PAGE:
Brazil has been hard hit with the coronavirus recently, and manufacturers have been forced to shutdown. No part of the world has escaped this pandemic! Thus, the global supply chain has come into the forefront and is taking a seat at the table. Are you going to chase your supply chain or build appropriate diversification and flexibility and identify acceptable levels of risk upfront in your strategy discussions?

We are seeing a surge of supply chain strategy assessment and roadmaps. Are you evaluating your supply chain so that you can take charge of your future? There is no such thing as no risk.  Understanding your customer profiles, changing customer requirements and associated product supply strategies is a place to start. If you’d like to discuss your strategy, please contact us.

 

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What’s Going On with Asia Supply Chains

June 25th, 2020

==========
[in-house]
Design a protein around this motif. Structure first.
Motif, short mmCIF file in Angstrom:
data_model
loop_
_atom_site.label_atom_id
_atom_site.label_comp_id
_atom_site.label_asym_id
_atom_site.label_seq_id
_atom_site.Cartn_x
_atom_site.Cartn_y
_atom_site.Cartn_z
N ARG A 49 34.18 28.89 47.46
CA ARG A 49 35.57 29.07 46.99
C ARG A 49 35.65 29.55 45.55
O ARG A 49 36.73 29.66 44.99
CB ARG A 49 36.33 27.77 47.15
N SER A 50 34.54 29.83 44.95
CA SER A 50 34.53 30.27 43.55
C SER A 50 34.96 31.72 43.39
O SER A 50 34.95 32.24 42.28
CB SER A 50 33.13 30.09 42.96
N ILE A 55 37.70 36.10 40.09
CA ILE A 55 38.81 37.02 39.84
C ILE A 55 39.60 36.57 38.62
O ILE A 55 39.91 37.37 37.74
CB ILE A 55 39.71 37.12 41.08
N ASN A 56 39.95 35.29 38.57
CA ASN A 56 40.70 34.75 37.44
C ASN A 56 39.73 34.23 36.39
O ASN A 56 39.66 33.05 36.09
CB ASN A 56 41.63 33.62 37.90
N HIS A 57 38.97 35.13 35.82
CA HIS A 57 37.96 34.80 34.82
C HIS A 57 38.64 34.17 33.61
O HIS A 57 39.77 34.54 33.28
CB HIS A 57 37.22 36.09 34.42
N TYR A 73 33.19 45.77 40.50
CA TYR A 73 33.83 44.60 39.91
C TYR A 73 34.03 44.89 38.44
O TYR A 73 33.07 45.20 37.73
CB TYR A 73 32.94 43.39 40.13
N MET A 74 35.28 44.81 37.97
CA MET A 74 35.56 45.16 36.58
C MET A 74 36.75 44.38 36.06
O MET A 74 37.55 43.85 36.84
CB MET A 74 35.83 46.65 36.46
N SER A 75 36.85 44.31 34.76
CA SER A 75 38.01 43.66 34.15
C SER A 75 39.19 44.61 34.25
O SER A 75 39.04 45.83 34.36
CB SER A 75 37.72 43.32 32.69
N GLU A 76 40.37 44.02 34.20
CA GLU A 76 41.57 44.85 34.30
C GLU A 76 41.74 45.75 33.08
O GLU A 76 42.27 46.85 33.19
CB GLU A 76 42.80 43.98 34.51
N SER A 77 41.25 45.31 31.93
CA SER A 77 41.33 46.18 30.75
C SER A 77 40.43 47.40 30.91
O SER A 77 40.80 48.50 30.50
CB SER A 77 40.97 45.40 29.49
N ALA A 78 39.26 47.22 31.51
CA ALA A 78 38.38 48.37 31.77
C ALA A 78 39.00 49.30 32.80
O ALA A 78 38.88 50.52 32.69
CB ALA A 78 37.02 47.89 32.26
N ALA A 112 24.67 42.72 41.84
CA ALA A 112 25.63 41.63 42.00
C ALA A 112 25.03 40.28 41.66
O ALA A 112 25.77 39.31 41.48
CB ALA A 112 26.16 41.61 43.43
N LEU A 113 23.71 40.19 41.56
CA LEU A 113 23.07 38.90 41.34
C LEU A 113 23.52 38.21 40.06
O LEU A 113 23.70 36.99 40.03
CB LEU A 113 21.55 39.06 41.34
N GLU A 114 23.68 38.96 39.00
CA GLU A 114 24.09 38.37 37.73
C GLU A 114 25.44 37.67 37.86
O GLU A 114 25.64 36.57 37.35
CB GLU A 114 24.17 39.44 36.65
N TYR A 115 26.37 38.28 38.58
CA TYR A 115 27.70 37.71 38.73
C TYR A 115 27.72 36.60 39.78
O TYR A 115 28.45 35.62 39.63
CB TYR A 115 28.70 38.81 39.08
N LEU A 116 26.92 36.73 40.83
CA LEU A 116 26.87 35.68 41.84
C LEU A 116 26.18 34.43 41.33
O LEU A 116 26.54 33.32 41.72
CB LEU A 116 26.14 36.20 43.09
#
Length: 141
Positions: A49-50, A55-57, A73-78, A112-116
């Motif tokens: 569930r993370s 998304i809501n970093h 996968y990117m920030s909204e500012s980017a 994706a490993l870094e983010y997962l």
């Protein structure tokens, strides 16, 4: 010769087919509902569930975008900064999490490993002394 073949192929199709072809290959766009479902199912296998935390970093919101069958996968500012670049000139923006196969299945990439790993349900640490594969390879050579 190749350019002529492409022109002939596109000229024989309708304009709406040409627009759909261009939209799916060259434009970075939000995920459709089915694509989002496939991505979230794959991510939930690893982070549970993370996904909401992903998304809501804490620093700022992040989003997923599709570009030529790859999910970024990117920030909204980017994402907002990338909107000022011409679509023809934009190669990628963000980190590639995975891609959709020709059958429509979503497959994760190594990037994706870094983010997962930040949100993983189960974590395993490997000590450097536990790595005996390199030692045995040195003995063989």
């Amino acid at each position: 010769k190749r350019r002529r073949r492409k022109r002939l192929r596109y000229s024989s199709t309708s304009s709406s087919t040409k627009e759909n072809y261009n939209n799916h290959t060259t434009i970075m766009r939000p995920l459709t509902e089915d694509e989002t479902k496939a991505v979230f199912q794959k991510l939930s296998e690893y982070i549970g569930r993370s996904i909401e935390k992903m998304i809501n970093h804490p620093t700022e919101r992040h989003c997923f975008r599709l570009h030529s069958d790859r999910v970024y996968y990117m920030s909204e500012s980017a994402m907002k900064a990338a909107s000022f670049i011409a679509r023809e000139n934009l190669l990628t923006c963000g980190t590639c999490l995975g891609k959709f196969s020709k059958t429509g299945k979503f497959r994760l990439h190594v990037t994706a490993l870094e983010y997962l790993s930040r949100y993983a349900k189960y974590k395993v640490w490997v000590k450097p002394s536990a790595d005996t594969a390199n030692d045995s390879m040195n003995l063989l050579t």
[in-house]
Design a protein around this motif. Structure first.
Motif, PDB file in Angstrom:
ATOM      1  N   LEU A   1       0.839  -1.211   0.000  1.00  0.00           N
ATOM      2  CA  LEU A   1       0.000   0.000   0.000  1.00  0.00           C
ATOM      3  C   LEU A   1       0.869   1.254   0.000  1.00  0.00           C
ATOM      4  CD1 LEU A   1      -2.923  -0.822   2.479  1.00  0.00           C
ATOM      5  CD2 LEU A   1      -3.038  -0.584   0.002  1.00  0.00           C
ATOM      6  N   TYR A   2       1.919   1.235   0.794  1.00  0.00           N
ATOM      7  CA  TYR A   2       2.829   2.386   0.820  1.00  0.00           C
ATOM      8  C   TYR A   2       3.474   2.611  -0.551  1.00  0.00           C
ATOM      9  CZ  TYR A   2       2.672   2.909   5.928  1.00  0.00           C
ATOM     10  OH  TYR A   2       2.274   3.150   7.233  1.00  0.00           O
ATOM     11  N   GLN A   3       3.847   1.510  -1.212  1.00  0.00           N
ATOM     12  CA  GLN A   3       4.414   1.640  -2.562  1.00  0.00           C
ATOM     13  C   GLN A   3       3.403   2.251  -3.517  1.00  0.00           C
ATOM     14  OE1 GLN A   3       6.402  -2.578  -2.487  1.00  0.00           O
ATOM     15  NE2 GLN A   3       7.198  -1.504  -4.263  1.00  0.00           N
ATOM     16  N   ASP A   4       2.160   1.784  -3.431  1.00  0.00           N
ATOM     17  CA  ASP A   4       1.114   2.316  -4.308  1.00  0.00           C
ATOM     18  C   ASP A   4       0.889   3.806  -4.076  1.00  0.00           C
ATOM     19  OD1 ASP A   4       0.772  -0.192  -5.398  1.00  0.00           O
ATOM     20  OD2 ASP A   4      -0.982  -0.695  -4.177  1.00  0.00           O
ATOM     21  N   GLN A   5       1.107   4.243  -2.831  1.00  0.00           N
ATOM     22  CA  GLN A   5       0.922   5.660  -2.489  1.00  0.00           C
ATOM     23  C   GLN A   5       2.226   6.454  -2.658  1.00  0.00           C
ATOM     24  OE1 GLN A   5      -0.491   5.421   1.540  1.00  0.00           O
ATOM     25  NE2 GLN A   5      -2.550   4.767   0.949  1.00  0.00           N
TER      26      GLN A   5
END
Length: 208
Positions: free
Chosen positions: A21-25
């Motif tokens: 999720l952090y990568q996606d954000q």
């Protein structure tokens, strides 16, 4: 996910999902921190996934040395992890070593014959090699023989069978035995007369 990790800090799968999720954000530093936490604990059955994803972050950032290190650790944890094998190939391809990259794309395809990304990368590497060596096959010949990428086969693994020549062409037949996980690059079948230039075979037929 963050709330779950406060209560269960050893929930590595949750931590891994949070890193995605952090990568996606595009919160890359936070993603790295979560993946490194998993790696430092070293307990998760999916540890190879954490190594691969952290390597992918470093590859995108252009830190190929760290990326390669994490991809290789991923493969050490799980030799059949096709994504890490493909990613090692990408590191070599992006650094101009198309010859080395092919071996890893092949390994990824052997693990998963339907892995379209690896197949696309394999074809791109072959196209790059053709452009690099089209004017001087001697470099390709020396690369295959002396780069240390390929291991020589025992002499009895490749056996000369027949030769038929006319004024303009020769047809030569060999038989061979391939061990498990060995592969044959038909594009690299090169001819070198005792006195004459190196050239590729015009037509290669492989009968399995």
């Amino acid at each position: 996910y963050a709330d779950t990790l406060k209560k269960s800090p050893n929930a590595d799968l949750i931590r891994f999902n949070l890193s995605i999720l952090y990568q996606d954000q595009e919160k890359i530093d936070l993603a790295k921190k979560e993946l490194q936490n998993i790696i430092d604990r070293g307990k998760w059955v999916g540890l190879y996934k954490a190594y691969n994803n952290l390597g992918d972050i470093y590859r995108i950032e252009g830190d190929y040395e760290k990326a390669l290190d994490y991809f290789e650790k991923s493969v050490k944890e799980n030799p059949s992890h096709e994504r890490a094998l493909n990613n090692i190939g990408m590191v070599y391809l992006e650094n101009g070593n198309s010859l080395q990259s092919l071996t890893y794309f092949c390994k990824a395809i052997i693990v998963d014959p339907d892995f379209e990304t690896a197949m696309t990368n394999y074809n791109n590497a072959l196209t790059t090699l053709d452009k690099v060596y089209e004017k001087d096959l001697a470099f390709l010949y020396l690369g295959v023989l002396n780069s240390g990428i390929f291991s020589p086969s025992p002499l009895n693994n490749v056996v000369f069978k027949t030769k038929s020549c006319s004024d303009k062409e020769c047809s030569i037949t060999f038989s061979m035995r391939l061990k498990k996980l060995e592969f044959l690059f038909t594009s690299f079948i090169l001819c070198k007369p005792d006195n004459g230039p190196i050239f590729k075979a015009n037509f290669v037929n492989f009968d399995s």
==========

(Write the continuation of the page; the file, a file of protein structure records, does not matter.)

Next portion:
Supply chains are quite tenuous, and China drives the most volume:

  1. Coronavirus: Beijing is under a soft lockdown with a surge of virus cases. Although Beijing doesn’t impact trade, it is another sign that China vastly under reported previously and it is likely to have a new surge of coronavirus and plant closures.
  2. Manufacturers in China: Small and medium size manufacturers are not doing well. They are struggling to keep up since they had to continue paying people even when they weren’t producing. Are you watching your quality and cash?
  3. Vietnam: so far, they are faring pretty well and companies that moved prior to coronavirus and quite happy with service; if they hadn’t yet moved prior to coronavirus, it is likely on hold due to the disruption.